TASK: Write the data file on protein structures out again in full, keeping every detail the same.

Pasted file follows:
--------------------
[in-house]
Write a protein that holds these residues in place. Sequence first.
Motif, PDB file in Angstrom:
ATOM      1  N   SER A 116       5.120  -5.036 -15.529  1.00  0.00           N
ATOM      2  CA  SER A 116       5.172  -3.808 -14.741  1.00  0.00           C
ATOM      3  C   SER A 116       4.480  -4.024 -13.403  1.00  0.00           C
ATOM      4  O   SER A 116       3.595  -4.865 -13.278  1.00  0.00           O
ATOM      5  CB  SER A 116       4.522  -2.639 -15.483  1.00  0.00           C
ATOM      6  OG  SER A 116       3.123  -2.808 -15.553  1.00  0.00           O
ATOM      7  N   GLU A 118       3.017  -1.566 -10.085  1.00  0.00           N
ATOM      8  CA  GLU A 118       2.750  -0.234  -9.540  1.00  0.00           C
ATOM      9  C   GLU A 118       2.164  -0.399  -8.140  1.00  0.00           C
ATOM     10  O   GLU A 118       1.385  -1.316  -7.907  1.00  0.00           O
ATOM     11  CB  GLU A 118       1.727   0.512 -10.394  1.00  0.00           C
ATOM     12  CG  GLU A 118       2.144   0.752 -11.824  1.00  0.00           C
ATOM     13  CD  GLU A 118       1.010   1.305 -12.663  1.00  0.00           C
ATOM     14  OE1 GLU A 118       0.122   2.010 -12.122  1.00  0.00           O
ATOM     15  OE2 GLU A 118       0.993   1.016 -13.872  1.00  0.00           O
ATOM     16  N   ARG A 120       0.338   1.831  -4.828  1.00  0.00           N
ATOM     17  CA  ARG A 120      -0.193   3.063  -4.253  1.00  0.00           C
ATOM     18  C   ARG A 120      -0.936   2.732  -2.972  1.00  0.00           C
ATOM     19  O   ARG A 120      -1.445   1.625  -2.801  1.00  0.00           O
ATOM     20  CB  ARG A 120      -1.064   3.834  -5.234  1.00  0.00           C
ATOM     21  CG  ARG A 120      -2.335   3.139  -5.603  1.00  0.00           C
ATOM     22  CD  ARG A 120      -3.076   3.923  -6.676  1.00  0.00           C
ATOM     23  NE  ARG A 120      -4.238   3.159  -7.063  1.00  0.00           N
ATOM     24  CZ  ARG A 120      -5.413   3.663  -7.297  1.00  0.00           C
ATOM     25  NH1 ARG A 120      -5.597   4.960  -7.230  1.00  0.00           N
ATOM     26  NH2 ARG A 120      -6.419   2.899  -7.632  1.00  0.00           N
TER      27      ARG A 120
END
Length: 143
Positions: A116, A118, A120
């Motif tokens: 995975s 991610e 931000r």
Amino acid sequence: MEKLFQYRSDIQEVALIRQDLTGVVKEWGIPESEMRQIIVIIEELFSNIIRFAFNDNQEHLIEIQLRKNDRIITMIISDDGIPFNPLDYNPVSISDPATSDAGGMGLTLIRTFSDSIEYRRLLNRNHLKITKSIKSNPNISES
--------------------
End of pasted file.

[in-house]
Write a protein that holds these residues in place. Sequence first.
Motif, PDB file in Angstrom:
ATOM      1  N   SER A 116       5.120  -5.036 -15.529  1.00  0.00           N
ATOM      2  CA  SER A 116       5.172  -3.808 -14.741  1.00  0.00           C
ATOM      3  C   SER A 116       4.480  -4.024 -13.403  1.00  0.00           C
ATOM      4  O   SER A 116       3.595  -4.865 -13.278  1.00  0.00           O
ATOM      5  CB  SER A 116       4.522  -2.639 -15.483  1.00  0.00           C
ATOM      6  OG  SER A 116       3.123  -2.808 -15.553  1.00  0.00           O
ATOM      7  N   GLU A 118       3.017  -1.566 -10.085  1.00  0.00           N
ATOM      8  CA  GLU A 118       2.750  -0.234  -9.540  1.00  0.00           C
ATOM      9  C   GLU A 118       2.164  -0.399  -8.140  1.00  0.00           C
ATOM     10  O   GLU A 118       1.385  -1.316  -7.907  1.00  0.00           O
ATOM     11  CB  GLU A 118       1.727   0.512 -10.394  1.00  0.00           C
ATOM     12  CG  GLU A 118       2.144   0.752 -11.824  1.00  0.00           C
ATOM     13  CD  GLU A 118       1.010   1.305 -12.663  1.00  0.00           C
ATOM     14  OE1 GLU A 118       0.122   2.010 -12.122  1.00  0.00           O
ATOM     15  OE2 GLU A 118       0.993   1.016 -13.872  1.00  0.00           O
ATOM     16  N   ARG A 120       0.338   1.831  -4.828  1.00  0.00           N
ATOM     17  CA  ARG A 120      -0.193   3.063  -4.253  1.00  0.00           C
ATOM     18  C   ARG A 120      -0.936   2.732  -2.972  1.00  0.00           C
ATOM     19  O   ARG A 120      -1.445   1.625  -2.801  1.00  0.00           O
ATOM     20  CB  ARG A 120      -1.064   3.834  -5.234  1.00  0.00           C
ATOM     21  CG  ARG A 120      -2.335   3.139  -5.603  1.00  0.00           C
ATOM     22  CD  ARG A 120      -3.076   3.923  -6.676  1.00  0.00           C
ATOM     23  NE  ARG A 120      -4.238   3.159  -7.063  1.00  0.00           N
ATOM     24  CZ  ARG A 120      -5.413   3.663  -7.297  1.00  0.00           C
ATOM     25  NH1 ARG A 120      -5.597   4.960  -7.230  1.00  0.00           N
ATOM     26  NH2 ARG A 120      -6.419   2.899  -7.632  1.00  0.00           N
TER      27      ARG A 120
END
Length: 143
Positions: A116, A118, A120
């Motif tokens: 995975s 991610e 931000r």
Amino acid sequence: MEKLFQYRSDIQEVALIRQDLTGVVKEWGIPESEMRQIIVIIEELFSNIIRFAFNDNQEHLIEIQLRKNDRIITMIISDDGIPFNPLDYNPVSISDPATSDAGGMGLTLIRTFSDSIEYRRLLNRNHLKITKSIKSNPNISES